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    Study area Velingara and Saraya: IPTi/c districts Tambacounda: Control district (without IPTi/c).

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    Prevalence of Pfdhfr/Pfdhps mutant haplotype in the study area.

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    (A) Temporal distribution of Pfdhfr/Pfdhps single nucleotide polymorphisms (SNPs) mutant haplotype from 2006 to 2010 in control zone (without IPTi/c). (B) Temporal distribution of Pfdhfr/Pfdhps SNPs mutant haplotype from 2006 to 2010 in IPTi/c zone Pfdhfr 3M: haplotype dhfr triple mutant (Pfdhfr 51I, 59R, 108N) 4M: haplotype quadruple mutant (Pfdhfr 51I, 59R, 108N + Pfdhps 437G) 2006: Baseline data IPTi: Pilot study from 2007 to 2008: after 2 years of IPTi a significant increase of Pfdhps 437G was noted IPTc: started from 2009 to 2010.

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Selection of Antimalarial Drug Resistance after Intermittent Preventive Treatment of Infants and Children (IPTi/c) in Senegal

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  • Service de Parasitologie – Mycologie, Faculté de Médecine, Université Cheikh Anta DIOP, Dakar (Sénégal); Faculty of Infectious and Tropical Diseases, London School of Hygiene and Tropical Medicine, United Kingdom; Centre for Medical Parasitology, Department of International Health, Immunology and Microbiology, University of Copenhagen, Copenhagen, Denmark

Our study investigated the possible impact of SP-IPT given to infants and children on the prevalence of SP-resistant haplotypes in the Plasmodium falciparum genes Pfdhfr and Pfdhps, comparing sites with and without IPTi/c. P. falciparum positive samples (N = 352) collected from children < 5 years were analyzed to determine the prevalence of SP resistance-related haplotypes by nested PCR followed by sequence-specific oligonucleotide probe-enzyme-linked immunosorbent assay. The prevalence of the Pfdhfr triple mutant haplotype (CIRN) increased in both groups, but only significantly in the IPTi/c group from 41% to 65% in 2011 (P = 0.005). Conversely, the Pfdhps 437G mutation decreased in both groups from 44.6% to 28.6% (P = 0.07) and from 66.7% to 47.5% (P = 0.02) between 2010 and 2011 in the control and the IPTi/c groups, respectively. A weak trend for decreasing prevalence of quadruple mutants (triple Pfdhfr + Pfdhps 437G) was noted in both groups (P = 0.15 and P = 0.34). During the two cross-sectional surveys some significant changes were observed in the SP resistance-related genes.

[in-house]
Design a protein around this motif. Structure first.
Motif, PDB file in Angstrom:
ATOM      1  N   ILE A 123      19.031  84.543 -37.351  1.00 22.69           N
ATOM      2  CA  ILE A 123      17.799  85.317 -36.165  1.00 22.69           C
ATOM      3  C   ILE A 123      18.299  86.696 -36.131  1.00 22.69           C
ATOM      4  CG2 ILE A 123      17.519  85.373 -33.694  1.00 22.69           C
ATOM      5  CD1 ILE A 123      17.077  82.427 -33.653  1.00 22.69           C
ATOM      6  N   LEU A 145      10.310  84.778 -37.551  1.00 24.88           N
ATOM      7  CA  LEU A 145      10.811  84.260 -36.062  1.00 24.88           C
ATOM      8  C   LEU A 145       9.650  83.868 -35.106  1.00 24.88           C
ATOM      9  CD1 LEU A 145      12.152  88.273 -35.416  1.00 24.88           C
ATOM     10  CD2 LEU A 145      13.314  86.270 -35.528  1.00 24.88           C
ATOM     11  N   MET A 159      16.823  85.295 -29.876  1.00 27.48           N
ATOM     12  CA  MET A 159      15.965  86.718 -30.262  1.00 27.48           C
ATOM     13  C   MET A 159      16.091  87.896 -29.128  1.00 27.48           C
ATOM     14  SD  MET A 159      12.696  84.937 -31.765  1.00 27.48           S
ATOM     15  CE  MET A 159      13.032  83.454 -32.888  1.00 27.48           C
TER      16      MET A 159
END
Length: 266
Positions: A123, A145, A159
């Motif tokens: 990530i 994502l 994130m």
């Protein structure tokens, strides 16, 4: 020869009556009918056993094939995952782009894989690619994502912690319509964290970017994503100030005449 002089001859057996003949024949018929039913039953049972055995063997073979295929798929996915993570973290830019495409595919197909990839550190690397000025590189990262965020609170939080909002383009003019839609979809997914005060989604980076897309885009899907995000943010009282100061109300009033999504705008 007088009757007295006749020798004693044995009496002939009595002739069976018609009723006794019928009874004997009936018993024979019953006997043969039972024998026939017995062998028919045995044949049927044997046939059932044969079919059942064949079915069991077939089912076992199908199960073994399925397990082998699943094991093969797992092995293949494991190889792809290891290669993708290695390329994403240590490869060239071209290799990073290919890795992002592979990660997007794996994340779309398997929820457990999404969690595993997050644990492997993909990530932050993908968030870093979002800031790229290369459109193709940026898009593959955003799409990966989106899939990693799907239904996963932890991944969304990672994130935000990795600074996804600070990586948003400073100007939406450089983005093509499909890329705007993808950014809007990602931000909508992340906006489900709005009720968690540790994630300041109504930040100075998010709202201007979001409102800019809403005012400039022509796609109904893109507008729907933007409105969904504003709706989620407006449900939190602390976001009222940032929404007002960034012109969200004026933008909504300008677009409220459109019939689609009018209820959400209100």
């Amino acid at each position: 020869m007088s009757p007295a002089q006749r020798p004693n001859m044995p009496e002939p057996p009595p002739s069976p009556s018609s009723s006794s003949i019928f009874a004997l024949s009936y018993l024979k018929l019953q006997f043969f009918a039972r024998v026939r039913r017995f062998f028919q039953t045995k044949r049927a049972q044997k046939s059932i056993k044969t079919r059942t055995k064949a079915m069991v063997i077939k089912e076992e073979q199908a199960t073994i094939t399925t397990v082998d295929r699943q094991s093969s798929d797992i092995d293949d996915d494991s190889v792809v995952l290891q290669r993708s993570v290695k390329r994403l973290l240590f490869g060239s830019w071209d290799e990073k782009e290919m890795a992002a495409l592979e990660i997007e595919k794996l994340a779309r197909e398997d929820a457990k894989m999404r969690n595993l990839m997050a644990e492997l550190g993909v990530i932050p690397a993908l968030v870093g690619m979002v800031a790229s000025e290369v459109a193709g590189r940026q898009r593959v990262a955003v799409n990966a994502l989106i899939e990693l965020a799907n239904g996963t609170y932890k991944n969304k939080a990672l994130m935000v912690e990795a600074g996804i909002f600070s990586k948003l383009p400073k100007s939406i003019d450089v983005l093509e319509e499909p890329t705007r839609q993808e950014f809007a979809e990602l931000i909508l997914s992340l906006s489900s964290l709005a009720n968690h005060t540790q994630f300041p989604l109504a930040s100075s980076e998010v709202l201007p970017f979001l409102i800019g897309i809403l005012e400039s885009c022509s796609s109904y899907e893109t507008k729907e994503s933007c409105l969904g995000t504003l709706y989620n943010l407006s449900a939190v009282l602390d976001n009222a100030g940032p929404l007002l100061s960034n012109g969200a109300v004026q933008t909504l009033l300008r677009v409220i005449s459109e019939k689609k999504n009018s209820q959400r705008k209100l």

Introduction

During the last decades, Plasmodium falciparum has become broadly resistant to widely used antimalarial drugs such as chloroquine (CQ) and sulfadoxine-pyrimethamine (SP).1 Still, one of the essential strategies to control P. falciparum infections in malaria-endemic countries in sub-Saharan Africa is the use of SP as an intermittent preventive treatment (SP-IPT) for malaria in risk groups.2 For instance, many African countries have through their National Malaria Control Program (NMCP) implemented the use of SP-IPT during pregnancy (IPTp).3 In recent years, several studies in Africa, including Senegal, have explored the use of SP for malaria prevention in infancy (IPTi) through the Expanded Program on Immunization (EPI). In a pooled data analysis of six clinical SP-IPTi trials, the strategy was shown to provide a 30% overall protection against clinical malaria episodes (95% confidence interval [CI] = 19.8–39.4%) and overall reduction in the prevalence of anemia (< 8 g/dL) by 21.3% (95% CI = 8.3–32.5%).4,5 Consequently, the World Health Organization (WHO) recommended the implementation of the IPTi strategy.4 However, a SP-IPTi study in Tanzania, not included in the pooled analysis, contrarily found no protection at all, most likely a result of the high level of SP resistance in the P. falciparum populations prevailing in the study area.6 Thus, the protective efficacy of IPTi is highly dependent on regional levels of SP resistance in the P. falciparum populations.

In areas of markedly seasonal malaria transmission, such as the Sahel and sub-Sahel regions of Africa, the main burden of malaria is in older children rather than infants, and the risk of clinical malaria is restricted largely to a few months each year.7,8 In such areas, administration of IPT to children (IPTc) 3 months to 5 years of age monthly during the seasonal peak in malaria transmission seems like an attractive strategy in preventing malaria. A meta-analysis of 12 clinical IPTc studies in sub-Saharan Africa including Senegal using SP, but always combined with another drug (amodiaquine AQ), have demonstrated impressive protective efficacies against clinical malaria episodes ranging from 31% to 93% (overall protective efficacy of 82% (95% CI = 75–87%).9 Furthermore, it was shown that IPTc protected against all-cause mortality by 57% (95% CI = 24–76%).9 Thus, IPTc is highly effective and furthermore, well tolerated.1012 Therefore, WHO recommended IPTc,13 now named Seasonal Malaria Chemoprevention (SMC) and the intervention will most likely be adopted large scale in areas where malaria transmission is seasonal. However, as long as SP is used, the protective efficiency of these strategies is highly dependent on the current level and spread of SP resistance in P. falciparum populations.